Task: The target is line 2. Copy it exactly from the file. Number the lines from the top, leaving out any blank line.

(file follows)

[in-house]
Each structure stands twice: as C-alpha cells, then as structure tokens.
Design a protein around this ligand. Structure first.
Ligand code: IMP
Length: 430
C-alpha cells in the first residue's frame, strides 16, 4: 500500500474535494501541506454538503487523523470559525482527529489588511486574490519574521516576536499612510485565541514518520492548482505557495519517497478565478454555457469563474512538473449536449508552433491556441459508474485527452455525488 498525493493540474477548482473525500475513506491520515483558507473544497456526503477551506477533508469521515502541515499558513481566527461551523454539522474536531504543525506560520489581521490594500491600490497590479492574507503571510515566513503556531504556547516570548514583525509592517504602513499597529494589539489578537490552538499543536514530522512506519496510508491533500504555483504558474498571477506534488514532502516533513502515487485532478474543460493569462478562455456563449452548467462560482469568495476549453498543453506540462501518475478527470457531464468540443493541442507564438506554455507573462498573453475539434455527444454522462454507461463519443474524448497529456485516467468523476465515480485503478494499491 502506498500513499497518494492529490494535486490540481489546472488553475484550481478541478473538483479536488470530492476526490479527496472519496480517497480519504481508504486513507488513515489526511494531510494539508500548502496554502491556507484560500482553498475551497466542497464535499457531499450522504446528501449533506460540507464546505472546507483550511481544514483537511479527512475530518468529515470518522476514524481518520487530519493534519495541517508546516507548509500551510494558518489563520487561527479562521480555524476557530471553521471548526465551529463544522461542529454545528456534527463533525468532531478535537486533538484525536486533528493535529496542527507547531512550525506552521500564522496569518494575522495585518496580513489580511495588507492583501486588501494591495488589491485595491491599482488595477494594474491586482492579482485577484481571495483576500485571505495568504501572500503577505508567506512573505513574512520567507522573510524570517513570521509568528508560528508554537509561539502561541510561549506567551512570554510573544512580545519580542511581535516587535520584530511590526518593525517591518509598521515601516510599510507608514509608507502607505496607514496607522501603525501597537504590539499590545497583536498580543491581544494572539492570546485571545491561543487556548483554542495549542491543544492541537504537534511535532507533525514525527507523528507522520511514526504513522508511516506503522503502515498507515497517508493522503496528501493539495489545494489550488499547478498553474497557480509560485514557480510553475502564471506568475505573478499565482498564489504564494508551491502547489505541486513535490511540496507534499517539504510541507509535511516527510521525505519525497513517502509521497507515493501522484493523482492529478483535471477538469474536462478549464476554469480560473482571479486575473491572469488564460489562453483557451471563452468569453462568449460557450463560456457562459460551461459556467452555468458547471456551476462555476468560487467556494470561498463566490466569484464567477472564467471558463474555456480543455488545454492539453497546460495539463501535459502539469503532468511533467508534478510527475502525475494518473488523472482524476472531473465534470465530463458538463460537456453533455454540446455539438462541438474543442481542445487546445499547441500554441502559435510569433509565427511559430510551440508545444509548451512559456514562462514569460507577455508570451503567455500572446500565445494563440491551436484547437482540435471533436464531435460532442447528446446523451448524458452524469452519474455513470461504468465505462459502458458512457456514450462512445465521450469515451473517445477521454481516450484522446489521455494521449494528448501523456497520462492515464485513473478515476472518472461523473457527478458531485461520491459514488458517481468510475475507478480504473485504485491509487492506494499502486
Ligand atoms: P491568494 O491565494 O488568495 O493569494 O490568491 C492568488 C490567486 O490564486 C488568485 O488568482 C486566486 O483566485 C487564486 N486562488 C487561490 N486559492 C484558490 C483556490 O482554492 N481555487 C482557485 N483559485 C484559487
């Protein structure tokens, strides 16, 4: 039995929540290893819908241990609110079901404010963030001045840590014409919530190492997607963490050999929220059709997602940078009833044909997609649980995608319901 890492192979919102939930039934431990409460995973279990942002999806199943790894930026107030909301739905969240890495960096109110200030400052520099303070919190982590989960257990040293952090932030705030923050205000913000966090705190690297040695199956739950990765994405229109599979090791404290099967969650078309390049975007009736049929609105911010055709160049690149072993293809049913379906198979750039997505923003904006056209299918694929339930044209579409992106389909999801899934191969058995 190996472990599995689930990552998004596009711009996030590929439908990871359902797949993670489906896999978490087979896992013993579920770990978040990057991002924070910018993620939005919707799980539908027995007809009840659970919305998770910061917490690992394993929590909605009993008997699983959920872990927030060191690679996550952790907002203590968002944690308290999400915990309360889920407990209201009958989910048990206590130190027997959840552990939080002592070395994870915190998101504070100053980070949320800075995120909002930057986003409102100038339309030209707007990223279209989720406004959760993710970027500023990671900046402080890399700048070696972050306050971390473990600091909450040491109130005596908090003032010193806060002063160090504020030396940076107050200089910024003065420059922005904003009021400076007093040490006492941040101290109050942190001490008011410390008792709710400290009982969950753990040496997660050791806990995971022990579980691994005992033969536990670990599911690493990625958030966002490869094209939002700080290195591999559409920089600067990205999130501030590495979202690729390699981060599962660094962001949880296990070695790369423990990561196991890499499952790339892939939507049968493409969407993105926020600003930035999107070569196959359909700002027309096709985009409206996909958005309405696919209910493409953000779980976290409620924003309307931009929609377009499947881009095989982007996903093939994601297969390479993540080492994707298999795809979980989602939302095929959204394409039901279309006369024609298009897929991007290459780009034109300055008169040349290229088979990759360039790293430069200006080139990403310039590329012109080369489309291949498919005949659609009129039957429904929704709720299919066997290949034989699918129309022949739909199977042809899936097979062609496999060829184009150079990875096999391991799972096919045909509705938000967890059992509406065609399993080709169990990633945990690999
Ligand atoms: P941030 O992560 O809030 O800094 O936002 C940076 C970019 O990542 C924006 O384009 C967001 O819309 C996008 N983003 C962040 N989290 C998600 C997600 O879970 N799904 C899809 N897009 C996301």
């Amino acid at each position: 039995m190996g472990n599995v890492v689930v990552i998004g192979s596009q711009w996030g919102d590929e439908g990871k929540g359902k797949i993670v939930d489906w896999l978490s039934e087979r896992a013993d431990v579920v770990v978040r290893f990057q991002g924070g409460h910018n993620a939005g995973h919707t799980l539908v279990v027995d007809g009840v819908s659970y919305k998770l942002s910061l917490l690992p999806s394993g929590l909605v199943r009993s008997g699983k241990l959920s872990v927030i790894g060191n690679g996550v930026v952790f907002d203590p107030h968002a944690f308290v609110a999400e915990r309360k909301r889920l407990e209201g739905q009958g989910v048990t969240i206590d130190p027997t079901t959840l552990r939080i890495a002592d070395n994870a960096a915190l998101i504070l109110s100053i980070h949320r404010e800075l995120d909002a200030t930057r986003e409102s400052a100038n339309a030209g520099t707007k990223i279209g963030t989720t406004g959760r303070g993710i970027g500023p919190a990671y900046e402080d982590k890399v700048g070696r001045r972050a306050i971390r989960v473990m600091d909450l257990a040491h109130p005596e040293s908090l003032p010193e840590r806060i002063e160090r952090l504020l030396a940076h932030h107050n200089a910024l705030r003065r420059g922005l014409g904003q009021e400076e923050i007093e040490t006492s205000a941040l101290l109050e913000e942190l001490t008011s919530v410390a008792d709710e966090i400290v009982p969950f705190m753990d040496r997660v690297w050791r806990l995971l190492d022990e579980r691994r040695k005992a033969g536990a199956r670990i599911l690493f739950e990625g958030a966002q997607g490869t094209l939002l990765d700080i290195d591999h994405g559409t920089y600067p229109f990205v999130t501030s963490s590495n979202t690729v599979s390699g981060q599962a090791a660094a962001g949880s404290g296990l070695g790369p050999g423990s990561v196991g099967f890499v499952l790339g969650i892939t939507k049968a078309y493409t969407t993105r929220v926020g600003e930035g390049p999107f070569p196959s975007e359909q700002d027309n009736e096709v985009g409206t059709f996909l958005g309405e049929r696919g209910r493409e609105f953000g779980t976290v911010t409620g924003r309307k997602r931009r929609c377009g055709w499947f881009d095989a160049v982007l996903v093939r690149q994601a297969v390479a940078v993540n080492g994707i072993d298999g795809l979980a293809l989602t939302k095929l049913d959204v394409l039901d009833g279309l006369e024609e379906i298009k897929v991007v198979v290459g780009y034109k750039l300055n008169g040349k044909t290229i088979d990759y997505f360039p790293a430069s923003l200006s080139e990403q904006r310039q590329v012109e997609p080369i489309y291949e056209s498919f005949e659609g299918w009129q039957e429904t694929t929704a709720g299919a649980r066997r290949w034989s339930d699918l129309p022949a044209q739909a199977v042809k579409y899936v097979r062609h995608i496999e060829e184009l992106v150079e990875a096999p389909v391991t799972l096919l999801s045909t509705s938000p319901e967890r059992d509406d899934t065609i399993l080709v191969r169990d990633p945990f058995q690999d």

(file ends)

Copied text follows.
Each structure stands twice: as C-alpha cells, then as structure tokens.